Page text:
The Situationist

Posts Tagged ‘legal ethics’

The Risky Situation of In-House Lawyers

Posted by The Situationist Staff on December 19, 2011

Donald Langevoort recently posted his worthwhile paper, “Getting (Too) Comfortable: In-House Lawyers, Enterprise Risk and the Financial Crisis” on SSRN.  Here’s the abstract.

In-house lawyers are under considerable pressure to “get comfortable” with the legality and legitimacy of client goals. This paper explores the psychological forces at work when inside lawyers confront such pressure by reference to the recent financial crisis, looking at problems arising from informational ambiguity, imperceptible change, and motivated inference. It also considers the pathways to power in-house, i.e., what kinds of cognitive styles are best suited to rise in highly competitive organizations such as financial services firms. The paper concludes with a research agenda for better understanding in-house lawyers, including exploration of the extent to which the diffusion of language and norms has reversed direction in recent years: that outside lawyers are taking cognitive and behavioral cues from the insiders, rather than establishing the standards and vocabulary for in-house lawyers.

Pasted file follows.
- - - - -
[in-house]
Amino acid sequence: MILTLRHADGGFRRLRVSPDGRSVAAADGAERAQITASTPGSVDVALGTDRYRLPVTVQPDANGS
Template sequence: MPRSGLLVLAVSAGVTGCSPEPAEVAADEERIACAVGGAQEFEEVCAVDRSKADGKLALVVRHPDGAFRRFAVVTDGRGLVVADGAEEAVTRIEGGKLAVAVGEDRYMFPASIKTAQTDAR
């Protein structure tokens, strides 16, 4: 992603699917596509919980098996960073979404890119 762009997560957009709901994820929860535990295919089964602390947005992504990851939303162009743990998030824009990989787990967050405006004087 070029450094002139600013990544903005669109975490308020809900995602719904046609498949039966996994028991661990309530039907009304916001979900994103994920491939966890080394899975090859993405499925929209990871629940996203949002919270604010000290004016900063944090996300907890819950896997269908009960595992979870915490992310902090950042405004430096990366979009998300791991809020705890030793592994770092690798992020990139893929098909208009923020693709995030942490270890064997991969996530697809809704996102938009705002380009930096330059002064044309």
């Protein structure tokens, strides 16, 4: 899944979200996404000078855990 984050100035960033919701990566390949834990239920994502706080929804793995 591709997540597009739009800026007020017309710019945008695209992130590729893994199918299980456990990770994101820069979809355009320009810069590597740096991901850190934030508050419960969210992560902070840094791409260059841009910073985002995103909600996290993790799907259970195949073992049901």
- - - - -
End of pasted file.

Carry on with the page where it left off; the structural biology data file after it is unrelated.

Download the paper for free here.

Related Situationist posts:

Posted in Abstracts, Behavioral Economics, Law, Morality, Social Psychology | Tagged: , , , , , | Leave a Comment »

The Situation of Legal Ethics

Posted by The Situationist Staff on December 15, 2009

Kath Hall recently poster her situationist paper, “Why Good Intentions are Often Not Enough: The Potential for Ethical Blindness in Legal Decision-Making” on SSRN.  Here’s the abstract.

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This chapter takes as its starting point the question of how otherwise experienced and principled lawyers can make blatantly unethical decisions. As recent research has shown, lawyers can become involved in legitimizing inhuman conduct just as they can in perpetuating accounting fraud or hiding client scandal. To an outsider looking at these circumstances, it invariably appears that the lawyers involved consciously acted immorally. Within the common framework of deliberative action, we tend to see unethical behaviour as the result of conscious and controlled mental processes.